Now imagine the children are back in a lesson. If you love getting attention and don’t mind speaking up, you will have no problem letting the teacher know when you ‘don’t get it,’ as some of my extrovert children happily proclaim! But if you don’t necessarily enjoy speaking in front of a big group, then you’re less likely to call attention to yourself by announcing that you don’t understand. You’re much more likely to quietly copy from your neighbour, which feels more comfortable emotionally, but isn’t so great for your learning. (Trust me, I was that child!) Furthermore, if you generally wait to share ideas until you’re asked, you’re much more reliant on the teacher to notice you. And any teacher who is honest will acknowledge that there can be those quiet, ‘middley’ children who are frustrating because they just won’t ‘speak up’ and always seem to get lost in amongst the classroom fray. Of course, once you’re experienced, you know to look out for this, and to compensate accordingly. You know to seek those children out, ask them if they need help, or if they had a good playtime, because you know they won’t volunteer that information. But the very fact you have to do this at all shows that perhaps the classroom is not so biased towards introverts as it may seem.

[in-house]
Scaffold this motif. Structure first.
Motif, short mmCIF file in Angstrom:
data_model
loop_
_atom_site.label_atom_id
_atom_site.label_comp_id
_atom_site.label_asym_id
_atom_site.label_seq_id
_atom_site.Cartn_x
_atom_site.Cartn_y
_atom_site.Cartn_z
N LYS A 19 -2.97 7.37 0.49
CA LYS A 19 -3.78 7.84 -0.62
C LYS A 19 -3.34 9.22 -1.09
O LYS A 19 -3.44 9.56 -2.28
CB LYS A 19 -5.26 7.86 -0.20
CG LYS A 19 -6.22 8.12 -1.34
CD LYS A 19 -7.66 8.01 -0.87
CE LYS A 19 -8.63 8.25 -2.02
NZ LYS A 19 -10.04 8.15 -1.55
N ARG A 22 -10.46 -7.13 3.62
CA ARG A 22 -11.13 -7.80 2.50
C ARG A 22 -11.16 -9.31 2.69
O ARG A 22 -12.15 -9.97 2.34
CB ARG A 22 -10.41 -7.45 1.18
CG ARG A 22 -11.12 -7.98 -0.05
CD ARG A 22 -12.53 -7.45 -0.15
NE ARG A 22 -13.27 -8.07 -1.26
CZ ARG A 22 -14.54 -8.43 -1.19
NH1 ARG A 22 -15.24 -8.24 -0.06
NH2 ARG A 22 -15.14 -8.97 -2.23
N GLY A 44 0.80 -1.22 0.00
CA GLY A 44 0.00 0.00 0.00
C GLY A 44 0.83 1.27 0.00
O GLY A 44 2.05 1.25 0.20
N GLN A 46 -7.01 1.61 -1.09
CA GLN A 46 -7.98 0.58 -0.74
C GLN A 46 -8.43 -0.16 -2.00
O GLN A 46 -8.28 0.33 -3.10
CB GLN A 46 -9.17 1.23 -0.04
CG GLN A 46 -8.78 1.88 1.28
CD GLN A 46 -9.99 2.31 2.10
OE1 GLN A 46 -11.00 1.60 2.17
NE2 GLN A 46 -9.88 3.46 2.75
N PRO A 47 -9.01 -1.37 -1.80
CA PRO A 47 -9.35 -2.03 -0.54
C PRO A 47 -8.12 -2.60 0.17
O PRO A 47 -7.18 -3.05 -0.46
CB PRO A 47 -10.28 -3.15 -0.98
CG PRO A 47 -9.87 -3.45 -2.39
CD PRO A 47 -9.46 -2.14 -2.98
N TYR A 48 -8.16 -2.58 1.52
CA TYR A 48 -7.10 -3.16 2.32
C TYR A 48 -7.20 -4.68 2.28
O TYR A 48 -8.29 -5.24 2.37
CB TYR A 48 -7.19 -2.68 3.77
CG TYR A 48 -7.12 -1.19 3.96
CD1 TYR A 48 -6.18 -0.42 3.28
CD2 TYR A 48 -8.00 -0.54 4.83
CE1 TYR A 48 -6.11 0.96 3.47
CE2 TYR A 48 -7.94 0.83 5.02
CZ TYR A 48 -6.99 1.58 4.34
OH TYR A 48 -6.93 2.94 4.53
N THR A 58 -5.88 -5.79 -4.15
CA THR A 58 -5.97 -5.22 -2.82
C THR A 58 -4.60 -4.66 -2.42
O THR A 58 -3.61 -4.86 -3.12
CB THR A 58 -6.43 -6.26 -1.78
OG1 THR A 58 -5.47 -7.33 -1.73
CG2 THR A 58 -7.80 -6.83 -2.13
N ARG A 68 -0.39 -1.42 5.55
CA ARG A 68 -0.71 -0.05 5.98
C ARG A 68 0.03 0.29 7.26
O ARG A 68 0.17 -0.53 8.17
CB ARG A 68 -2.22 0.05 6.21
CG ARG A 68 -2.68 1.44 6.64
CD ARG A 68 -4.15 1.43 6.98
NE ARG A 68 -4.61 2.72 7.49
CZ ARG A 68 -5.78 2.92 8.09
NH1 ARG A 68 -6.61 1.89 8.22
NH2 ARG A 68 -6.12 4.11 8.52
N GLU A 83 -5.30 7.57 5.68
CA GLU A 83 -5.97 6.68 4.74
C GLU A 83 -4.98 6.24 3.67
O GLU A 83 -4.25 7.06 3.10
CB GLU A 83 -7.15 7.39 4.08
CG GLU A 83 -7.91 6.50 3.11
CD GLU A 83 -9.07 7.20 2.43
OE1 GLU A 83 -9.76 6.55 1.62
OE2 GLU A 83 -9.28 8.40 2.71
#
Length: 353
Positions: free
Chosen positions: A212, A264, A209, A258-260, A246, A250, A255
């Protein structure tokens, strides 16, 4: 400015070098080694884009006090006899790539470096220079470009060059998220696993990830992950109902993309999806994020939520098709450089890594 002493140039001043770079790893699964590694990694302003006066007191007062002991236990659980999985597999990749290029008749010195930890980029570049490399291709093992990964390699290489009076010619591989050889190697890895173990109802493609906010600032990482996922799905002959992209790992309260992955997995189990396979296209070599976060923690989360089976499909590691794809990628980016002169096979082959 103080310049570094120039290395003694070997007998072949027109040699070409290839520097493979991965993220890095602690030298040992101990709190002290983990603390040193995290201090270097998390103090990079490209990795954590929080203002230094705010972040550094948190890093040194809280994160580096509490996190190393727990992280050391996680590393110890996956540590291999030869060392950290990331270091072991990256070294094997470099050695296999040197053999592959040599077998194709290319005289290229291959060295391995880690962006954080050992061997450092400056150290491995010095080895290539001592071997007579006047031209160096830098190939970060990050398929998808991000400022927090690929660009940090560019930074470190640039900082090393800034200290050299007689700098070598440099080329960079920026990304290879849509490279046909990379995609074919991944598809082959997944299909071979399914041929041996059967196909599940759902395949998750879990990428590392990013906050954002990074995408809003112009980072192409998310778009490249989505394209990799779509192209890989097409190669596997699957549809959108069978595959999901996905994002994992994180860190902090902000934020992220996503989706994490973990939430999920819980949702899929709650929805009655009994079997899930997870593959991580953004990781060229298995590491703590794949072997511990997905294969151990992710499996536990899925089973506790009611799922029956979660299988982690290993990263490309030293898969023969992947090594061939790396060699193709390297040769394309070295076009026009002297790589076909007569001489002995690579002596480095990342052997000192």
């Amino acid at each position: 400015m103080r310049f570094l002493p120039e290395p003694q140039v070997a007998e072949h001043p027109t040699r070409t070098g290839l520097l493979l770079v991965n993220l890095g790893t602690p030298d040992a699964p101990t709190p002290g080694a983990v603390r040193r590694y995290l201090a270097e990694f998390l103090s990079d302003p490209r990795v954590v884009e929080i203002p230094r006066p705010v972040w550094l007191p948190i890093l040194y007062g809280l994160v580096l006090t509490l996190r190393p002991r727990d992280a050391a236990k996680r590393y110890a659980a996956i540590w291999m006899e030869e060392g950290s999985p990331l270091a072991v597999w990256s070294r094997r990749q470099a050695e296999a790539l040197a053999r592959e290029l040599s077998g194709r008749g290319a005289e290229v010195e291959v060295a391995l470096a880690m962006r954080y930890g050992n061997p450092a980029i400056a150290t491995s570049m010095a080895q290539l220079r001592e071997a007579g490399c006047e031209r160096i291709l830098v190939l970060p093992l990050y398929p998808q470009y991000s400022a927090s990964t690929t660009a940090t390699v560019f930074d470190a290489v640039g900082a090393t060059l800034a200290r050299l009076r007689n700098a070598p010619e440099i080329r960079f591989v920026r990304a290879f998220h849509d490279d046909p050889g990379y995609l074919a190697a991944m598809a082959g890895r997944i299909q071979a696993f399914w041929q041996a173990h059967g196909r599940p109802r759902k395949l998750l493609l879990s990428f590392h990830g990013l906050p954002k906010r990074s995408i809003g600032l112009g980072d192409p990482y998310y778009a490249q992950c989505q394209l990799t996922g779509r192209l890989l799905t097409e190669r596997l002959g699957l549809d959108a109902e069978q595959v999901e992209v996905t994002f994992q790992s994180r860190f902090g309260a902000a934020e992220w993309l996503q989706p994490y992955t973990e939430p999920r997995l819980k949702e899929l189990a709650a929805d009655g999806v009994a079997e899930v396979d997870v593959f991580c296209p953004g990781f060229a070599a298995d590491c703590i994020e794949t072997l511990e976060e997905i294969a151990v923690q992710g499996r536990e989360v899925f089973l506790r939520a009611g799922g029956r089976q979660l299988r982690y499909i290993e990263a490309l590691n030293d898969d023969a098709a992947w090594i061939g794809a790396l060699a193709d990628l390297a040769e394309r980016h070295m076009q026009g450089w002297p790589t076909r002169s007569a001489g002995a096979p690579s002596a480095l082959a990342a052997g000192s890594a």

So what’s the best way forward for schools?